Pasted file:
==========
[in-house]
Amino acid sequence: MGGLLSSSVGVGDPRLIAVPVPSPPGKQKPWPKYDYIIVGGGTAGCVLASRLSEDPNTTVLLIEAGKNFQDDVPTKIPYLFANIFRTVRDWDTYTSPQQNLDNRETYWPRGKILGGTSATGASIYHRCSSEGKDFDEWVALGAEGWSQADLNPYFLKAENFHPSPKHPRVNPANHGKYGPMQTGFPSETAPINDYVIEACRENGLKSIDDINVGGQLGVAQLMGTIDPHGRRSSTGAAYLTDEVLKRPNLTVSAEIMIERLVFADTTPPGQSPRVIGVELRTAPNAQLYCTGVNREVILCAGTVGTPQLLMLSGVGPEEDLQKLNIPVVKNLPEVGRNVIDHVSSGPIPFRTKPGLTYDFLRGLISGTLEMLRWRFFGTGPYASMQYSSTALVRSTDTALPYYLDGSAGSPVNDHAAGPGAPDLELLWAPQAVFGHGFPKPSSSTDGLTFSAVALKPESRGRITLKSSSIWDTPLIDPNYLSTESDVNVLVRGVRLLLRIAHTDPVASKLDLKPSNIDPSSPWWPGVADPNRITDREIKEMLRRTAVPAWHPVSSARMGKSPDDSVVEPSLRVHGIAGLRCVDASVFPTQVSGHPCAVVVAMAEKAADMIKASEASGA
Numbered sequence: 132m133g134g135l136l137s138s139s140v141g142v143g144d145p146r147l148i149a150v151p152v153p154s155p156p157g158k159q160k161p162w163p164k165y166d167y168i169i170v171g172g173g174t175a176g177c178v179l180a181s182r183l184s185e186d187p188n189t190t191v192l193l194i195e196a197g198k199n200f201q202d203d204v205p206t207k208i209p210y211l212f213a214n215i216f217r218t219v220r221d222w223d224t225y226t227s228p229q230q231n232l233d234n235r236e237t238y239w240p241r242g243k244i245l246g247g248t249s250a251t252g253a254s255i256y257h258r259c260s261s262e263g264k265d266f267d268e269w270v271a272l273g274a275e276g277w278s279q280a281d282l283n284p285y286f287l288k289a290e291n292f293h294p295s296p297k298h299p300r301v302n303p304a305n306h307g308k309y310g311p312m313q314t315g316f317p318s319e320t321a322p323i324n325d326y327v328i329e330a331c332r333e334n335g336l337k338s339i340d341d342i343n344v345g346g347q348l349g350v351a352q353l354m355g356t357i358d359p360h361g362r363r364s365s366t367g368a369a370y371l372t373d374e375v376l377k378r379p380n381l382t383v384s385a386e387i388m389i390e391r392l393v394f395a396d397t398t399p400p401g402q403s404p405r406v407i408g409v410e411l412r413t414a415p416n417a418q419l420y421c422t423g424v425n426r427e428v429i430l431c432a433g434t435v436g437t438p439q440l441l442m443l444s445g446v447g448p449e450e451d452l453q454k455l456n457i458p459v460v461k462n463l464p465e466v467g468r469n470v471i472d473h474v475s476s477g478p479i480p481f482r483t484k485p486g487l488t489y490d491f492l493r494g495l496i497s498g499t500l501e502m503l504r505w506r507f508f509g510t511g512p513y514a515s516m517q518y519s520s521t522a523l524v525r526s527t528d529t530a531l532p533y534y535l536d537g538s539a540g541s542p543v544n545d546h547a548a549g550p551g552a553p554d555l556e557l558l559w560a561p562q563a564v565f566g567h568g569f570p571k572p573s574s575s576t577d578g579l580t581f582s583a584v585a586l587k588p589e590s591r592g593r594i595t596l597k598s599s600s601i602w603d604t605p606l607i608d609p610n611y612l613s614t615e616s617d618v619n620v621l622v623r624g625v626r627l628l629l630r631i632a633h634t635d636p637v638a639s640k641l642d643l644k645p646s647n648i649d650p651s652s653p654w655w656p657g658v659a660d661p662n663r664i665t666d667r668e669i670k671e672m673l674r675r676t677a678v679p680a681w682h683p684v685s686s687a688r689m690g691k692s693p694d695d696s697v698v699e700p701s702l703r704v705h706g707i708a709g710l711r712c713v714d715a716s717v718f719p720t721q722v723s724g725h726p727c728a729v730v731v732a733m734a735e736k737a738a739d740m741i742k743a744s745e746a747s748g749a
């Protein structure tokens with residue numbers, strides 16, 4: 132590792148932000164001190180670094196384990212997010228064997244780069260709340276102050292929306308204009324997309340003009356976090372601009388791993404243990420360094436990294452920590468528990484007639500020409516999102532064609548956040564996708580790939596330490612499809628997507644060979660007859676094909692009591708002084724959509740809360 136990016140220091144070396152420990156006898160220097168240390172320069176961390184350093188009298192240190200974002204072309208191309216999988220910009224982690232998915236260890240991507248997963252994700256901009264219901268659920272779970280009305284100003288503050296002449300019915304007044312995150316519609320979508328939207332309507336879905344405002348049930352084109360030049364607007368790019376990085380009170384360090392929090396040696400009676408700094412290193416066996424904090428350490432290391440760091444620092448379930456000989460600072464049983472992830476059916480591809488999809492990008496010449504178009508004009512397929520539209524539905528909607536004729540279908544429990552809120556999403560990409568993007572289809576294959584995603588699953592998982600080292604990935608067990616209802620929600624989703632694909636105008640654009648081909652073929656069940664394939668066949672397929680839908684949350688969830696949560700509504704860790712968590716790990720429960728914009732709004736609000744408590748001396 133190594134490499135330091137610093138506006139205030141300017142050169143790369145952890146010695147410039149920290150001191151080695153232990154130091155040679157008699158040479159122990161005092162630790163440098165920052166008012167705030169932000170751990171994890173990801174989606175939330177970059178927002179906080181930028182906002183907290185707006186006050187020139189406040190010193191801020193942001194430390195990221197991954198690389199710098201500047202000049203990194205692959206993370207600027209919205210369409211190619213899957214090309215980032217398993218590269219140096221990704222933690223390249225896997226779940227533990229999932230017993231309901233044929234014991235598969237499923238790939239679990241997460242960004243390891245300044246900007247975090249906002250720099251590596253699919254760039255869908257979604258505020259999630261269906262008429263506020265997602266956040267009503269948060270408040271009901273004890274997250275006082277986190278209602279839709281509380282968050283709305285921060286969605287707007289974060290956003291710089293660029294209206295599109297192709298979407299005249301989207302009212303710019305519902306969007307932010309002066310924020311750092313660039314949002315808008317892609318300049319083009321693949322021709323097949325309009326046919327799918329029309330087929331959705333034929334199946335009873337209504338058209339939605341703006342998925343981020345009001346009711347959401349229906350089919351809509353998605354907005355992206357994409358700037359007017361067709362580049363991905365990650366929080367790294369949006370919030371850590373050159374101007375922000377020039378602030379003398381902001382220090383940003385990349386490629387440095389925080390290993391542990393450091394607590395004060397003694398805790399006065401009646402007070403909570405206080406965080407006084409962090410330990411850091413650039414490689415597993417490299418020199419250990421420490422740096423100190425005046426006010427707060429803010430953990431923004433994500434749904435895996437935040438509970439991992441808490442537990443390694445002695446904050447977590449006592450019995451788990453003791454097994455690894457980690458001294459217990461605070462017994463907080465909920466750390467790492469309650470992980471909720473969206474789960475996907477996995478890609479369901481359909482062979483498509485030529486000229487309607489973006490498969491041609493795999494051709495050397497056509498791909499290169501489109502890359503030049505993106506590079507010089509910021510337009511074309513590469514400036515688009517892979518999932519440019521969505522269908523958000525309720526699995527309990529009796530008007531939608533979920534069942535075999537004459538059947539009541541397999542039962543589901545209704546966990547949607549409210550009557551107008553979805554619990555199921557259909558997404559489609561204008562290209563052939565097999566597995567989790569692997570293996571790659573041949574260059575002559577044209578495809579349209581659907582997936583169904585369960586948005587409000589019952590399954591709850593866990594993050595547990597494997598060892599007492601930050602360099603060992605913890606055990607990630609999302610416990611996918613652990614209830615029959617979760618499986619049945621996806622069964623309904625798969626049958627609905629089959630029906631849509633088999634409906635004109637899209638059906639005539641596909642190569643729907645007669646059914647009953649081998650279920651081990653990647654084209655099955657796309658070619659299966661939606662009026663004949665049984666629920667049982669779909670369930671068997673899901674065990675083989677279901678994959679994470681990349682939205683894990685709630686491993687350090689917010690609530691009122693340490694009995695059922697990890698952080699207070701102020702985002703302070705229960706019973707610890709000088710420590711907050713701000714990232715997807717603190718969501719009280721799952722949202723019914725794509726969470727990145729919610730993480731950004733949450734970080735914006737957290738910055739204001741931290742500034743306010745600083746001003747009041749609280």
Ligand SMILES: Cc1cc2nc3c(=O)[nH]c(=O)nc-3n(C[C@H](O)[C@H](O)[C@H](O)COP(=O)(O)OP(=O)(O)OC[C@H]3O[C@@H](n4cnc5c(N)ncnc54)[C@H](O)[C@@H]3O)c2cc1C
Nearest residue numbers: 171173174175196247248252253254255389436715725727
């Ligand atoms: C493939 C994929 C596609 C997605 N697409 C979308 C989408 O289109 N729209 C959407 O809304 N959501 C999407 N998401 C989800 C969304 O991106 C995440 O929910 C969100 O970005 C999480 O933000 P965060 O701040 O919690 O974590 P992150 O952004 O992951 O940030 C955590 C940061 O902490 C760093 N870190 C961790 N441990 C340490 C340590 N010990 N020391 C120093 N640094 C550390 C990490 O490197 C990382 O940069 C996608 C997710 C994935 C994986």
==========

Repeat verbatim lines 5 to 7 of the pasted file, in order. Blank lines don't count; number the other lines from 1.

Ligand SMILES: Cc1cc2nc3c(=O)[nH]c(=O)nc-3n(C[C@H](O)[C@H](O)[C@H](O)COP(=O)(O)OP(=O)(O)OC[C@H]3O[C@@H](n4cnc5c(N)ncnc54)[C@H](O)[C@@H]3O)c2cc1C
Nearest residue numbers: 171173174175196247248252253254255389436715725727
């Ligand atoms: C493939 C994929 C596609 C997605 N697409 C979308 C989408 O289109 N729209 C959407 O809304 N959501 C999407 N998401 C989800 C969304 O991106 C995440 O929910 C969100 O970005 C999480 O933000 P965060 O701040 O919690 O974590 P992150 O952004 O992951 O940030 C955590 C940061 O902490 C760093 N870190 C961790 N441990 C340490 C340590 N010990 N020391 C120093 N640094 C550390 C990490 O490197 C990382 O940069 C996608 C997710 C994935 C994986």